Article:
There’s a motif from philosophy about the human condition that our nature exists everywhere from the basest carnality and desire to the loftiest reaches of intellect and morality. How the two exist in the same creature has caused not just debate but considerable tension in relations from the familial to the geopolitical.
The idea behind Douglas Kenrick’s Sex, Murder and the Meaning of Life is that the wildly varied mind states and drives we occupy are closely connected. For a long time after Dawkins introduced and galvanised a new generation to Darwin’s ideas it was fashionable to consider us essentially selfish, the smooth running of society arising organically out of mass competition. More recent theories claim altruism’s actually been as successful a survival strategy as rivalry.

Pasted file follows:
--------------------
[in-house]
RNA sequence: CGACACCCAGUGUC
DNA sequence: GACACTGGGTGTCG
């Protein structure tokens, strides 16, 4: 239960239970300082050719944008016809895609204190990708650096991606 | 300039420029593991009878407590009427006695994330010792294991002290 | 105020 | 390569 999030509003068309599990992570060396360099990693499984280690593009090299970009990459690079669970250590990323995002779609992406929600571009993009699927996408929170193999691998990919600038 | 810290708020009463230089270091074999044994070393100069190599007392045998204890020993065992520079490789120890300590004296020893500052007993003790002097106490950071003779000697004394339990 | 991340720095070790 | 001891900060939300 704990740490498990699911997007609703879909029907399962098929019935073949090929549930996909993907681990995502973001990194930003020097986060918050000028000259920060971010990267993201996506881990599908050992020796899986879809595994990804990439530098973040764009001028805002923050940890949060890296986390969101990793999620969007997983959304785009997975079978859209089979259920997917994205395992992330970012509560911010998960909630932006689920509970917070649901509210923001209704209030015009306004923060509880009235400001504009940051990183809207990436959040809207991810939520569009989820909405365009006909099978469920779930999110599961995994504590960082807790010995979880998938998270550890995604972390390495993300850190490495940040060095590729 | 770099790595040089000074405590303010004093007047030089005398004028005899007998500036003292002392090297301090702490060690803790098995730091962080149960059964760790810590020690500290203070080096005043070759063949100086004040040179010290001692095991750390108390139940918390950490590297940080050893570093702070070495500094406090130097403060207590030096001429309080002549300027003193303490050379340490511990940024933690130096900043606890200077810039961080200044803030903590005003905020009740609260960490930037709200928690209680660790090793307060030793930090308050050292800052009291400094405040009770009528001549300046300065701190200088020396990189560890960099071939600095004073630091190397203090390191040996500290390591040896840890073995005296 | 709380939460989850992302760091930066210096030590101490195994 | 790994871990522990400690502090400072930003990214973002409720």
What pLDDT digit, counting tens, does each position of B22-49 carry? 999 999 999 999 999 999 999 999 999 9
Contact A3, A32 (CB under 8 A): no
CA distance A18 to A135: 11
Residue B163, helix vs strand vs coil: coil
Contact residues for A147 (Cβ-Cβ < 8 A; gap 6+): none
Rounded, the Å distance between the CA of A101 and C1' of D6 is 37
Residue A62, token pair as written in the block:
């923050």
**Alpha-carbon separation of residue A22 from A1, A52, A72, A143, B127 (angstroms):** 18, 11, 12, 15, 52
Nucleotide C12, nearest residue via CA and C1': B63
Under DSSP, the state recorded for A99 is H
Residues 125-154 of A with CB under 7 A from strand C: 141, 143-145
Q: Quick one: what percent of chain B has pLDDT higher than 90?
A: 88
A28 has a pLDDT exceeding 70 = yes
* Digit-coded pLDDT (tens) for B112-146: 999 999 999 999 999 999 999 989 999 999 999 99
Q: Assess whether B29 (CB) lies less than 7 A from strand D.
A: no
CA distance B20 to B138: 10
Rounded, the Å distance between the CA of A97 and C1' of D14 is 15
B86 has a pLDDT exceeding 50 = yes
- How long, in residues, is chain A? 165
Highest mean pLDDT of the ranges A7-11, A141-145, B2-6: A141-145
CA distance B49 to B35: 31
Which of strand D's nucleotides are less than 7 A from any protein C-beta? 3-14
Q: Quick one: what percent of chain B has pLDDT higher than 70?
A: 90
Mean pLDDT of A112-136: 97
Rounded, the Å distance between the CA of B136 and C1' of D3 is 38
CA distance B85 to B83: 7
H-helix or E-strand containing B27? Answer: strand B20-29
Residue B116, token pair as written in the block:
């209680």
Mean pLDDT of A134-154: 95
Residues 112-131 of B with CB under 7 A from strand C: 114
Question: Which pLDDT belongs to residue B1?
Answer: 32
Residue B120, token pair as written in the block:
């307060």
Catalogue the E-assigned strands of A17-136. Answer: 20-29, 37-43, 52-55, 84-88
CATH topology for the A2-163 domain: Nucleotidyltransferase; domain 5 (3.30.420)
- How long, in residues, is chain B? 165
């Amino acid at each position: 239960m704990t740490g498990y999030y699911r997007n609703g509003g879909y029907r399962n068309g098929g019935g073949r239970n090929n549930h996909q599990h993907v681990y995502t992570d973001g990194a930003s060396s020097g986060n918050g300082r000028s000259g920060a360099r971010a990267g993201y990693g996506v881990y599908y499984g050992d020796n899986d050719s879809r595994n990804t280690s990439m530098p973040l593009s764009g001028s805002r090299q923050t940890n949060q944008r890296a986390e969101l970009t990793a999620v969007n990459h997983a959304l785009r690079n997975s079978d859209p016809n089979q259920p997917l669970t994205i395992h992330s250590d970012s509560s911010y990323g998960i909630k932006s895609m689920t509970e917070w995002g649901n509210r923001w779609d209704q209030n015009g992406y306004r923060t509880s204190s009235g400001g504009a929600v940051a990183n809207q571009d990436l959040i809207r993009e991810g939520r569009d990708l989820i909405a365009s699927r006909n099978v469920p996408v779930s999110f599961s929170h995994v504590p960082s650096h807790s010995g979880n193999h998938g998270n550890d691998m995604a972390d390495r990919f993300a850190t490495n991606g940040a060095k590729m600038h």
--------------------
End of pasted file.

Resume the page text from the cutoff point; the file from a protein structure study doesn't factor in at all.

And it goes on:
Sex, Murder and the Meaning of Life sketches a picture of those connections, how our behaviour in our own interests has combined on a global scale to produce everything from animal skins to electron microscopes.
His thesis is the result of a shift in the study of psychology in the 1970s. Traditional Freudian psychoanalysts subscribed to dark, seamy storms of conflict in adulthood as a result of our relationships in infancy, but a number of rogue researchers thought psychology was more connected with the same biology that made us leave the trees and walk upright.
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